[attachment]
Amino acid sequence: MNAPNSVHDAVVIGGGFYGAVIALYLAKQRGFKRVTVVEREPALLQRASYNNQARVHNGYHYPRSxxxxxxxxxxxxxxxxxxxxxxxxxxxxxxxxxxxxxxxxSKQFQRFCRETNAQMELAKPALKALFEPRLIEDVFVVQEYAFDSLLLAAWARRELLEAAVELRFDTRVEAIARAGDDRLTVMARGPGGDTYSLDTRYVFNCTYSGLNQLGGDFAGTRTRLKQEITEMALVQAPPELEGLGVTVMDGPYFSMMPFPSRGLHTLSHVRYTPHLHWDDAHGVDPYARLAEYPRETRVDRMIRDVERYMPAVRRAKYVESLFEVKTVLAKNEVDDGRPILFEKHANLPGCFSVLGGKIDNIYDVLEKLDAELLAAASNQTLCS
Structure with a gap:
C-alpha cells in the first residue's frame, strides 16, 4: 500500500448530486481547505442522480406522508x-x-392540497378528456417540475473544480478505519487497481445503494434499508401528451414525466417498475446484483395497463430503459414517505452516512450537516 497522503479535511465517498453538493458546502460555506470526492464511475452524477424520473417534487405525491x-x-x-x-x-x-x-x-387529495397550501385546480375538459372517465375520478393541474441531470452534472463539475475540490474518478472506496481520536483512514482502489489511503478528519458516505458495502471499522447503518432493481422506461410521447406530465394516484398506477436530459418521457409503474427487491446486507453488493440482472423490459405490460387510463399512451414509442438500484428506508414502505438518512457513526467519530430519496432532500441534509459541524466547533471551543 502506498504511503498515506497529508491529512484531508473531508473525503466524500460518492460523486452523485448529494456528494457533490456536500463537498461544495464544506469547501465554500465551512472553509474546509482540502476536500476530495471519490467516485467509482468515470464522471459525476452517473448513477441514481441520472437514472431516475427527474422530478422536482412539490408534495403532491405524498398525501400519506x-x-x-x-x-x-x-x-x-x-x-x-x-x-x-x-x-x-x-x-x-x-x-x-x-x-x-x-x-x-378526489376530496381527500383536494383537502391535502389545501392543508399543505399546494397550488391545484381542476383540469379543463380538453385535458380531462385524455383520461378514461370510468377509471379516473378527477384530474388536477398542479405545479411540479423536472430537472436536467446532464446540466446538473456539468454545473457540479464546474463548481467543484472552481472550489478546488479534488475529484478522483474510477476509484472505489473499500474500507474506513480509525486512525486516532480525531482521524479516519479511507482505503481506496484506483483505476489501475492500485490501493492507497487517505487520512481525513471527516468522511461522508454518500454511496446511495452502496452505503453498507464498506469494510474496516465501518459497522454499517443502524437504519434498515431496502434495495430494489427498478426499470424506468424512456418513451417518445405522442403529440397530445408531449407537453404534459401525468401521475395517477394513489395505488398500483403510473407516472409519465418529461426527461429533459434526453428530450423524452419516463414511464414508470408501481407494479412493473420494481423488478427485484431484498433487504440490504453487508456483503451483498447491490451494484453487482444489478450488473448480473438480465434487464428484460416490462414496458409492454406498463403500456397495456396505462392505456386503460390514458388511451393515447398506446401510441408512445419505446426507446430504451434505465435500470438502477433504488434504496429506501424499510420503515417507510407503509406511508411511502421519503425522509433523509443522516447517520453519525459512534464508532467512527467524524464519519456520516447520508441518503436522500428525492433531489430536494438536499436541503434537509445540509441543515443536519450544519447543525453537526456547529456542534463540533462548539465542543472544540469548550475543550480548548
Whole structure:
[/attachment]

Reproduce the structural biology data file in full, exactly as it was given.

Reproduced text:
Amino acid sequence: MNAPNSVHDAVVIGGGFYGAVIALYLAKQRGFKRVTVVEREPALLQRASYNNQARVHNGYHYPRSxxxxxxxxxxxxxxxxxxxxxxxxxxxxxxxxxxxxxxxxSKQFQRFCRETNAQMELAKPALKALFEPRLIEDVFVVQEYAFDSLLLAAWARRELLEAAVELRFDTRVEAIARAGDDRLTVMARGPGGDTYSLDTRYVFNCTYSGLNQLGGDFAGTRTRLKQEITEMALVQAPPELEGLGVTVMDGPYFSMMPFPSRGLHTLSHVRYTPHLHWDDAHGVDPYARLAEYPRETRVDRMIRDVERYMPAVRRAKYVESLFEVKTVLAKNEVDDGRPILFEKHANLPGCFSVLGGKIDNIYDVLEKLDAELLAAASNQTLCS
Structure with a gap:
C-alpha cells in the first residue's frame, strides 16, 4: 500500500448530486481547505442522480406522508x-x-392540497378528456417540475473544480478505519487497481445503494434499508401528451414525466417498475446484483395497463430503459414517505452516512450537516 497522503479535511465517498453538493458546502460555506470526492464511475452524477424520473417534487405525491x-x-x-x-x-x-x-x-387529495397550501385546480375538459372517465375520478393541474441531470452534472463539475475540490474518478472506496481520536483512514482502489489511503478528519458516505458495502471499522447503518432493481422506461410521447406530465394516484398506477436530459418521457409503474427487491446486507453488493440482472423490459405490460387510463399512451414509442438500484428506508414502505438518512457513526467519530430519496432532500441534509459541524466547533471551543 502506498504511503498515506497529508491529512484531508473531508473525503466524500460518492460523486452523485448529494456528494457533490456536500463537498461544495464544506469547501465554500465551512472553509474546509482540502476536500476530495471519490467516485467509482468515470464522471459525476452517473448513477441514481441520472437514472431516475427527474422530478422536482412539490408534495403532491405524498398525501400519506x-x-x-x-x-x-x-x-x-x-x-x-x-x-x-x-x-x-x-x-x-x-x-x-x-x-x-x-x-x-378526489376530496381527500383536494383537502391535502389545501392543508399543505399546494397550488391545484381542476383540469379543463380538453385535458380531462385524455383520461378514461370510468377509471379516473378527477384530474388536477398542479405545479411540479423536472430537472436536467446532464446540466446538473456539468454545473457540479464546474463548481467543484472552481472550489478546488479534488475529484478522483474510477476509484472505489473499500474500507474506513480509525486512525486516532480525531482521524479516519479511507482505503481506496484506483483505476489501475492500485490501493492507497487517505487520512481525513471527516468522511461522508454518500454511496446511495452502496452505503453498507464498506469494510474496516465501518459497522454499517443502524437504519434498515431496502434495495430494489427498478426499470424506468424512456418513451417518445405522442403529440397530445408531449407537453404534459401525468401521475395517477394513489395505488398500483403510473407516472409519465418529461426527461429533459434526453428530450423524452419516463414511464414508470408501481407494479412493473420494481423488478427485484431484498433487504440490504453487508456483503451483498447491490451494484453487482444489478450488473448480473438480465434487464428484460416490462414496458409492454406498463403500456397495456396505462392505456386503460390514458388511451393515447398506446401510441408512445419505446426507446430504451434505465435500470438502477433504488434504496429506501424499510420503515417507510407503509406511508411511502421519503425522509433523509443522516447517520453519525459512534464508532467512527467524524464519519456520516447520508441518503436522500428525492433531489430536494438536499436541503434537509445540509441543515443536519450544519447543525453537526456547529456542534463540533462548539465542543472544540469548550475543550480548548
Whole structure: